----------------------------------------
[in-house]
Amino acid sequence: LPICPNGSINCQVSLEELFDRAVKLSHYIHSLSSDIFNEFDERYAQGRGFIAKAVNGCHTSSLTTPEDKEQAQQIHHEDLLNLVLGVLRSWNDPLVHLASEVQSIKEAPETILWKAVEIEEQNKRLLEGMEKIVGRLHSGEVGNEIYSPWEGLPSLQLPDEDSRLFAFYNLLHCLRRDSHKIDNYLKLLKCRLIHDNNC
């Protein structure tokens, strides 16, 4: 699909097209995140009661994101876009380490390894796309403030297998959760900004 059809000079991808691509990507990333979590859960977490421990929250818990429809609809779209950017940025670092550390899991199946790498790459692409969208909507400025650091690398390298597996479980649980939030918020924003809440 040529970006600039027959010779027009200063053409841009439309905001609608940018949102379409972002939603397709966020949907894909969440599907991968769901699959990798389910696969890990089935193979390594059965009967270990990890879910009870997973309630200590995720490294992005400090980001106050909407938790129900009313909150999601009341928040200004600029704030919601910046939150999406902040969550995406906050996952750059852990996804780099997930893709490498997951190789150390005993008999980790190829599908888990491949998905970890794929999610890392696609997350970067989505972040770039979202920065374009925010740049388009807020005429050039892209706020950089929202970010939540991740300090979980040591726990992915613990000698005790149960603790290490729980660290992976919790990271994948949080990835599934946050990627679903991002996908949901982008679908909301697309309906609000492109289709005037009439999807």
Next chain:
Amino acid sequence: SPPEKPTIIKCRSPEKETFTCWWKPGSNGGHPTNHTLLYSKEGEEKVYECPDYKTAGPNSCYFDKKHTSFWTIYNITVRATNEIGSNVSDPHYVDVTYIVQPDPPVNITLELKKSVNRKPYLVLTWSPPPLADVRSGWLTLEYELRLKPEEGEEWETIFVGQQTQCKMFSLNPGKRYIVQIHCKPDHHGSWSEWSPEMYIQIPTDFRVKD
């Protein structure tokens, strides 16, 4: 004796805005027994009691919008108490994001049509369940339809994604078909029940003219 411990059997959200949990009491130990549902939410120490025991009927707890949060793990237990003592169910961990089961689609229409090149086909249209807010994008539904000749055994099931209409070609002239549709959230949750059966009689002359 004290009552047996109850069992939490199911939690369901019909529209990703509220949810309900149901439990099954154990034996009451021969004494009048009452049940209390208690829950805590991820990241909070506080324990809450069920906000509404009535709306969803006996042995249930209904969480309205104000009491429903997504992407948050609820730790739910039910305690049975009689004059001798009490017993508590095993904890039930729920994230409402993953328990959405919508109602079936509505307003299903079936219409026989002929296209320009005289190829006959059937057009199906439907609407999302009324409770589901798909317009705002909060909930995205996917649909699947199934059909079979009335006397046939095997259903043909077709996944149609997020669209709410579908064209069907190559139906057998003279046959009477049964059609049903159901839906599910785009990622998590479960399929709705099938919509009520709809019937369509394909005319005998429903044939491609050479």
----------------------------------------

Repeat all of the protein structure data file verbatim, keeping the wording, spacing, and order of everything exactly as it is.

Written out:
[in-house]
Amino acid sequence: LPICPNGSINCQVSLEELFDRAVKLSHYIHSLSSDIFNEFDERYAQGRGFIAKAVNGCHTSSLTTPEDKEQAQQIHHEDLLNLVLGVLRSWNDPLVHLASEVQSIKEAPETILWKAVEIEEQNKRLLEGMEKIVGRLHSGEVGNEIYSPWEGLPSLQLPDEDSRLFAFYNLLHCLRRDSHKIDNYLKLLKCRLIHDNNC
């Protein structure tokens, strides 16, 4: 699909097209995140009661994101876009380490390894796309403030297998959760900004 059809000079991808691509990507990333979590859960977490421990929250818990429809609809779209950017940025670092550390899991199946790498790459692409969208909507400025650091690398390298597996479980649980939030918020924003809440 040529970006600039027959010779027009200063053409841009439309905001609608940018949102379409972002939603397709966020949907894909969440599907991968769901699959990798389910696969890990089935193979390594059965009967270990990890879910009870997973309630200590995720490294992005400090980001106050909407938790129900009313909150999601009341928040200004600029704030919601910046939150999406902040969550995406906050996952750059852990996804780099997930893709490498997951190789150390005993008999980790190829599908888990491949998905970890794929999610890392696609997350970067989505972040770039979202920065374009925010740049388009807020005429050039892209706020950089929202970010939540991740300090979980040591726990992915613990000698005790149960603790290490729980660290992976919790990271994948949080990835599934946050990627679903991002996908949901982008679908909301697309309906609000492109289709005037009439999807």
Next chain:
Amino acid sequence: SPPEKPTIIKCRSPEKETFTCWWKPGSNGGHPTNHTLLYSKEGEEKVYECPDYKTAGPNSCYFDKKHTSFWTIYNITVRATNEIGSNVSDPHYVDVTYIVQPDPPVNITLELKKSVNRKPYLVLTWSPPPLADVRSGWLTLEYELRLKPEEGEEWETIFVGQQTQCKMFSLNPGKRYIVQIHCKPDHHGSWSEWSPEMYIQIPTDFRVKD
């Protein structure tokens, strides 16, 4: 004796805005027994009691919008108490994001049509369940339809994604078909029940003219 411990059997959200949990009491130990549902939410120490025991009927707890949060793990237990003592169910961990089961689609229409090149086909249209807010994008539904000749055994099931209409070609002239549709959230949750059966009689002359 004290009552047996109850069992939490199911939690369901019909529209990703509220949810309900149901439990099954154990034996009451021969004494009048009452049940209390208690829950805590991820990241909070506080324990809450069920906000509404009535709306969803006996042995249930209904969480309205104000009491429903997504992407948050609820730790739910039910305690049975009689004059001798009490017993508590095993904890039930729920994230409402993953328990959405919508109602079936509505307003299903079936219409026989002929296209320009005289190829006959059937057009199906439907609407999302009324409770589901798909317009705002909060909930995205996917649909699947199934059909079979009335006397046939095997259903043909077709996944149609997020669209709410579908064209069907190559139906057998003279046959009477049964059609049903159901839906599910785009990622998590479960399929709705099938919509009520709809019937369509394909005319005998429903044939491609050479």